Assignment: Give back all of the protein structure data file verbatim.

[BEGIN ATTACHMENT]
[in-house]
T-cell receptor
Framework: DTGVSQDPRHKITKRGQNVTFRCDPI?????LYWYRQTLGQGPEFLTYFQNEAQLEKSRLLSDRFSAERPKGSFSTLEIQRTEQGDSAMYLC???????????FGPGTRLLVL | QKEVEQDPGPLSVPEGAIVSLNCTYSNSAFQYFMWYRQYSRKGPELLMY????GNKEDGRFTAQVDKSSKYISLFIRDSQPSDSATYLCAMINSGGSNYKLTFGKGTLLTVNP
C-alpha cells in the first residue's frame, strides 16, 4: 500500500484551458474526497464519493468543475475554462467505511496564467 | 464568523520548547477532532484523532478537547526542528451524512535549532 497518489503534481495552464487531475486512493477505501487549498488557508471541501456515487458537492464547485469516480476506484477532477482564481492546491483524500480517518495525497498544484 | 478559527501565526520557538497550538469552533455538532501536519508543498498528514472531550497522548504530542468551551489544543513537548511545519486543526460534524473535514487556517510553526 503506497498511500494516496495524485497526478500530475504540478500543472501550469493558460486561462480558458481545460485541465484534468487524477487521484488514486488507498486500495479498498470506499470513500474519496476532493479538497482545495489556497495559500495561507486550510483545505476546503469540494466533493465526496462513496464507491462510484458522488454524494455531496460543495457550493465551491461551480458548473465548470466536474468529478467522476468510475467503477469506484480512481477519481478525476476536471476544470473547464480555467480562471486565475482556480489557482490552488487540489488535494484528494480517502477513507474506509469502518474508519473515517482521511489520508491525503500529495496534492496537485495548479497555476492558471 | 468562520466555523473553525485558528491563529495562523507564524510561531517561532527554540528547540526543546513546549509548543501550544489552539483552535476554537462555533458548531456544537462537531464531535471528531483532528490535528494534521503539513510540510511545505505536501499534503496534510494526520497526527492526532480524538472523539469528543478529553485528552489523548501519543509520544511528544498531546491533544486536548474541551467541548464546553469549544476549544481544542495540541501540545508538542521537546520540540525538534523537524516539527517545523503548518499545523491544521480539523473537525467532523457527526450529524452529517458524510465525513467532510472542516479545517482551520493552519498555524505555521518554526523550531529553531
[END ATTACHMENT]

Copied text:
[in-house]
T-cell receptor
Framework: DTGVSQDPRHKITKRGQNVTFRCDPI?????LYWYRQTLGQGPEFLTYFQNEAQLEKSRLLSDRFSAERPKGSFSTLEIQRTEQGDSAMYLC???????????FGPGTRLLVL | QKEVEQDPGPLSVPEGAIVSLNCTYSNSAFQYFMWYRQYSRKGPELLMY????GNKEDGRFTAQVDKSSKYISLFIRDSQPSDSATYLCAMINSGGSNYKLTFGKGTLLTVNP
C-alpha cells in the first residue's frame, strides 16, 4: 500500500484551458474526497464519493468543475475554462467505511496564467 | 464568523520548547477532532484523532478537547526542528451524512535549532 497518489503534481495552464487531475486512493477505501487549498488557508471541501456515487458537492464547485469516480476506484477532477482564481492546491483524500480517518495525497498544484 | 478559527501565526520557538497550538469552533455538532501536519508543498498528514472531550497522548504530542468551551489544543513537548511545519486543526460534524473535514487556517510553526 503506497498511500494516496495524485497526478500530475504540478500543472501550469493558460486561462480558458481545460485541465484534468487524477487521484488514486488507498486500495479498498470506499470513500474519496476532493479538497482545495489556497495559500495561507486550510483545505476546503469540494466533493465526496462513496464507491462510484458522488454524494455531496460543495457550493465551491461551480458548473465548470466536474468529478467522476468510475467503477469506484480512481477519481478525476476536471476544470473547464480555467480562471486565475482556480489557482490552488487540489488535494484528494480517502477513507474506509469502518474508519473515517482521511489520508491525503500529495496534492496537485495548479497555476492558471 | 468562520466555523473553525485558528491563529495562523507564524510561531517561532527554540528547540526543546513546549509548543501550544489552539483552535476554537462555533458548531456544537462537531464531535471528531483532528490535528494534521503539513510540510511545505505536501499534503496534510494526520497526527492526532480524538472523539469528543478529553485528552489523548501519543509520544511528544498531546491533544486536548474541551467541548464546553469549544476549544481544542495540541501540545508538542521537546520540540525538534523537524516539527517545523503548518499545523491544521480539523473537525467532523457527526450529524452529517458524510465525513467532510472542516479545517482551520493552519498555524505555521518554526523550531529553531